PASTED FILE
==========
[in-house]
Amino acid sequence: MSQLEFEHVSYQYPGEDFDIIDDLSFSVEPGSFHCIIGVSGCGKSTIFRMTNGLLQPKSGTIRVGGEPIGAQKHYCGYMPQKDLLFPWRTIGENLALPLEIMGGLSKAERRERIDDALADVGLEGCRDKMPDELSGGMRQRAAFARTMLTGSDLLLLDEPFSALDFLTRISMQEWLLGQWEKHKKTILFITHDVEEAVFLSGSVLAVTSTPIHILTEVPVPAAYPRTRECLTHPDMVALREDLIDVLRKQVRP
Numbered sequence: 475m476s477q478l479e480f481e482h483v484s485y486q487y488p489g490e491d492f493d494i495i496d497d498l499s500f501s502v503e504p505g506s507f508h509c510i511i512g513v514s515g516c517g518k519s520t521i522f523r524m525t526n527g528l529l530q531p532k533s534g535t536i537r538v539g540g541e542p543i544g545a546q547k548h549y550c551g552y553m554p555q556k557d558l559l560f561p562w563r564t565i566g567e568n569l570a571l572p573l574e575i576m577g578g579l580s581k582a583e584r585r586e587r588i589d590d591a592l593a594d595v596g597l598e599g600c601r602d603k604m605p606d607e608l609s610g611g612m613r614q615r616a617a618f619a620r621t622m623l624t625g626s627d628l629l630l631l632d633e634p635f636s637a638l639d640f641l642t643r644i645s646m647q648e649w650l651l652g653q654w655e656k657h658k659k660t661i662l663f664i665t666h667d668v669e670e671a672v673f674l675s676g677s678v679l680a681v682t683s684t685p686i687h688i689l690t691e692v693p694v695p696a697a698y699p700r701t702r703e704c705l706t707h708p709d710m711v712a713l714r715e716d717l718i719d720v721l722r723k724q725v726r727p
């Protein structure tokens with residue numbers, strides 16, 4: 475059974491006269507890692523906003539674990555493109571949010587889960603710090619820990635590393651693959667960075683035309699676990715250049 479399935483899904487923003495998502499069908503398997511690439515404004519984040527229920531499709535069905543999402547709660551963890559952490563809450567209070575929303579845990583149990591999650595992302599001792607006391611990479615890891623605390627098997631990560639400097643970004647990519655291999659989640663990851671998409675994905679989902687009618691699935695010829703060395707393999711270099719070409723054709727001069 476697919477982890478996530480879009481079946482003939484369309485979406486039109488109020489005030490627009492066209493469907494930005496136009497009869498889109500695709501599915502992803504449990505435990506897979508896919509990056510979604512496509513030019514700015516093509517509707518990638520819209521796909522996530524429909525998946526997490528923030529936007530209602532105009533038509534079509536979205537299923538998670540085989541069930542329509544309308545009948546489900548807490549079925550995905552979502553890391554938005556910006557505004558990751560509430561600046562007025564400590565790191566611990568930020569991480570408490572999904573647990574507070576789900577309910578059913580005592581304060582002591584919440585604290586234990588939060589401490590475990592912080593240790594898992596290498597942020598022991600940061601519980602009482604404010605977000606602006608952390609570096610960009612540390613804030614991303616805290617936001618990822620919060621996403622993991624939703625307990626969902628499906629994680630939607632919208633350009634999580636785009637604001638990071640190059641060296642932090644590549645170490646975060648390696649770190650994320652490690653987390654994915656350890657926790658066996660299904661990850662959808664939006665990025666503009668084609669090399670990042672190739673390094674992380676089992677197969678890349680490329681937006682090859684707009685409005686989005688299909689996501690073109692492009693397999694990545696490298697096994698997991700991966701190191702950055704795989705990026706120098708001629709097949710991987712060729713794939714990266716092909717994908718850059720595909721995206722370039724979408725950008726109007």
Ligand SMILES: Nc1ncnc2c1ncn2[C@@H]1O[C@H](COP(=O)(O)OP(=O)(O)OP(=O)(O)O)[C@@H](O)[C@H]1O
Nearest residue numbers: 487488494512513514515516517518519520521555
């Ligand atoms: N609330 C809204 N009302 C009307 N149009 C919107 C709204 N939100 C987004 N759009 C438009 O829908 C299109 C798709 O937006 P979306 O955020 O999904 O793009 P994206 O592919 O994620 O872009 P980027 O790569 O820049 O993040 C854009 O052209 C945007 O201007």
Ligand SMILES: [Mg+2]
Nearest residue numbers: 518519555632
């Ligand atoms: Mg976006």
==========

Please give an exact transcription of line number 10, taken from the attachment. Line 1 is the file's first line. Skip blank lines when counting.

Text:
């Ligand atoms: Mg976006």